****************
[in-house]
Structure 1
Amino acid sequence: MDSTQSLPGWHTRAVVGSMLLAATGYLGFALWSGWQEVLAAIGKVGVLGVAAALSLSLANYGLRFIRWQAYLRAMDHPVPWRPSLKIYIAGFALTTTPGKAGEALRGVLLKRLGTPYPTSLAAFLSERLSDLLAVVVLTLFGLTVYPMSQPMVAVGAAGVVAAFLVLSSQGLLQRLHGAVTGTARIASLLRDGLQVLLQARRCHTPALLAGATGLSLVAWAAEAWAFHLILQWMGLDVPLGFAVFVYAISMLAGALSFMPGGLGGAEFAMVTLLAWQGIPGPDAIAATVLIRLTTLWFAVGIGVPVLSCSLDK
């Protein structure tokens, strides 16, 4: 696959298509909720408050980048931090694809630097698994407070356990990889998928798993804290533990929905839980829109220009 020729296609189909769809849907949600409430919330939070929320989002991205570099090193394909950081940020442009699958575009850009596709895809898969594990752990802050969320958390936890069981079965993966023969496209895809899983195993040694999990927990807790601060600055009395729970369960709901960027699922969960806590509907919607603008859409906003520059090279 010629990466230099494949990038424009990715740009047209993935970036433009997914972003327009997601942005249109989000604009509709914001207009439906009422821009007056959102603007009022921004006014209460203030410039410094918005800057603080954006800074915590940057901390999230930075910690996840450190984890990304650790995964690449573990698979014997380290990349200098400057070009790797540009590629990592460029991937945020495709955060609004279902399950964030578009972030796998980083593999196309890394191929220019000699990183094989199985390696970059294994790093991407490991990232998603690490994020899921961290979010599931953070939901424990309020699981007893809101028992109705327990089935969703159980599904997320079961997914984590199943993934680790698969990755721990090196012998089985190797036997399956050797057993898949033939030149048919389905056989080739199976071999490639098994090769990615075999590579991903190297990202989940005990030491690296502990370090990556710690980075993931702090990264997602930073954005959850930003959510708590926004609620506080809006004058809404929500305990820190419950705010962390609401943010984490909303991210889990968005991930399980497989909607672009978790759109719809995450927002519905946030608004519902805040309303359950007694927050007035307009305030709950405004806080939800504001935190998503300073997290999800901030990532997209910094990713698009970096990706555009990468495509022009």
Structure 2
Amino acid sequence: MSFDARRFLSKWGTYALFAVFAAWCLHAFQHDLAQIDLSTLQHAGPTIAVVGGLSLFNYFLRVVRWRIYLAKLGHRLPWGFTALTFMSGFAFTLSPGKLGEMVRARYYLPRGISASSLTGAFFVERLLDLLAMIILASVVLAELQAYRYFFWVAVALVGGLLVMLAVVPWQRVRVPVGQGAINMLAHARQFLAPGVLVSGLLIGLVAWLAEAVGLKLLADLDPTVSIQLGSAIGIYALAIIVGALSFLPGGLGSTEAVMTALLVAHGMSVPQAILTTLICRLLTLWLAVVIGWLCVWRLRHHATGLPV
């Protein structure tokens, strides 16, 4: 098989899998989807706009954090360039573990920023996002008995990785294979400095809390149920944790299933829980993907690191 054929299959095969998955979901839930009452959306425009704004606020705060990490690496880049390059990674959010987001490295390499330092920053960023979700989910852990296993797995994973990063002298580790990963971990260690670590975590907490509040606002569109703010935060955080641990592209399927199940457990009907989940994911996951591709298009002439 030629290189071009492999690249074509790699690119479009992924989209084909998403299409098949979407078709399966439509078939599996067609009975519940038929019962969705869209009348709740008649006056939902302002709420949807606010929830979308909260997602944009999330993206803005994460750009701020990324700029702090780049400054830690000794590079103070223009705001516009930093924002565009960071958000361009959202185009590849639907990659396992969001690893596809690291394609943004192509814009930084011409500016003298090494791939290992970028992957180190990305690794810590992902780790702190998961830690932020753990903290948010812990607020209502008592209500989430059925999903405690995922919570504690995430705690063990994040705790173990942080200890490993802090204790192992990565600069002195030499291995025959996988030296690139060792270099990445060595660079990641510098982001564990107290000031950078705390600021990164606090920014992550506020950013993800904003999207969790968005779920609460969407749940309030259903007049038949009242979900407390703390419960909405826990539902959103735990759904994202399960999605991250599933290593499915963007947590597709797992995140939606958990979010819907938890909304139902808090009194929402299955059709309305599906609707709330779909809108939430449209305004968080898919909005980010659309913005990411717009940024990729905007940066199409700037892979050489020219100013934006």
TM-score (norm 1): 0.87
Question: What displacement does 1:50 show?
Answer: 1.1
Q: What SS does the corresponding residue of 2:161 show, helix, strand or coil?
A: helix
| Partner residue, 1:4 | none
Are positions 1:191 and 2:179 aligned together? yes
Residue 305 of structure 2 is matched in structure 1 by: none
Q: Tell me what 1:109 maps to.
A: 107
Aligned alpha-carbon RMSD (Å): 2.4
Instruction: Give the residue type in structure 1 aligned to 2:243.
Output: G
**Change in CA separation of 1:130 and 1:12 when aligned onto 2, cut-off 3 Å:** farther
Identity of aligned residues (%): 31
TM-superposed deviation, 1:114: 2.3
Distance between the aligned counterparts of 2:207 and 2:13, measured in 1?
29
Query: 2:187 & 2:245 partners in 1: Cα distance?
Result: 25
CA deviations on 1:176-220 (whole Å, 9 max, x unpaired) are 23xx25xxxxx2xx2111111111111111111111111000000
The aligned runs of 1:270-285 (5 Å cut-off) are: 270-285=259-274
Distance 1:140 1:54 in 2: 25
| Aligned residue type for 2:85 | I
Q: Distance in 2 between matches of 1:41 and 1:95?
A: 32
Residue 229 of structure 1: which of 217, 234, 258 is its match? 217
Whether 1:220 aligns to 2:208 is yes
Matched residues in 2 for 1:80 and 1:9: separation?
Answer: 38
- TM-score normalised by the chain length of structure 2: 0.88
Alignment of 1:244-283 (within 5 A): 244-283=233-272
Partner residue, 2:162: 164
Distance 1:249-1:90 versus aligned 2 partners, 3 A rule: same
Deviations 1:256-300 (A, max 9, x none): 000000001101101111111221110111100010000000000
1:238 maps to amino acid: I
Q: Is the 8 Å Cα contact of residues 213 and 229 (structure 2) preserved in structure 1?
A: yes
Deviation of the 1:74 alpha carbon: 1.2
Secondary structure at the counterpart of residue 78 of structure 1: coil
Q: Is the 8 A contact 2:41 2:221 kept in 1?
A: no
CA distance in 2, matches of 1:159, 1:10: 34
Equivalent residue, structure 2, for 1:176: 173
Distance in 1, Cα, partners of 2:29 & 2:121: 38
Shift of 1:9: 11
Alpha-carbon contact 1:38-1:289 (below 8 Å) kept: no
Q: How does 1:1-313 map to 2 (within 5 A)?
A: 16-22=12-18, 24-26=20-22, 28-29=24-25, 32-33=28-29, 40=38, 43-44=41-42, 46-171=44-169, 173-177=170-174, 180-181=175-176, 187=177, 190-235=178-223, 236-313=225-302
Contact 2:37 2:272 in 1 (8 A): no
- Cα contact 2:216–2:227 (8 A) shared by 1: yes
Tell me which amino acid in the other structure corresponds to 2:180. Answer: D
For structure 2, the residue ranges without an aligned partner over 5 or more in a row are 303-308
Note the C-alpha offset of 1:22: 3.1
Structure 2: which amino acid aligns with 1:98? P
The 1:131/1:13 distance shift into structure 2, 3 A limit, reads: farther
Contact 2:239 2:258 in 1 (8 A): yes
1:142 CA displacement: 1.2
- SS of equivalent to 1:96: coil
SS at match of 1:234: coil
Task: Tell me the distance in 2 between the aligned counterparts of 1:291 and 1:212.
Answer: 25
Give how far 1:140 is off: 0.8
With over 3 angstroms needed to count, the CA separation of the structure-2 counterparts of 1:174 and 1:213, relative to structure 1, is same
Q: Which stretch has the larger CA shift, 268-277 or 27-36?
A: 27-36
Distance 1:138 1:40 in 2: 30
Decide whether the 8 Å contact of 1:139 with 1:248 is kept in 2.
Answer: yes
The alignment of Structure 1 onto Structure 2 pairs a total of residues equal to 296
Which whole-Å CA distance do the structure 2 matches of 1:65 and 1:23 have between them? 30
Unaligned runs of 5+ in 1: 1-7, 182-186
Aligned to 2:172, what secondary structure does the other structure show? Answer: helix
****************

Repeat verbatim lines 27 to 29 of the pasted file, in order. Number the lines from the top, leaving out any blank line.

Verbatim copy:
Result: 25
CA deviations on 1:176-220 (whole Å, 9 max, x unpaired) are 23xx25xxxxx2xx2111111111111111111111111000000
The aligned runs of 1:270-285 (5 Å cut-off) are: 270-285=259-274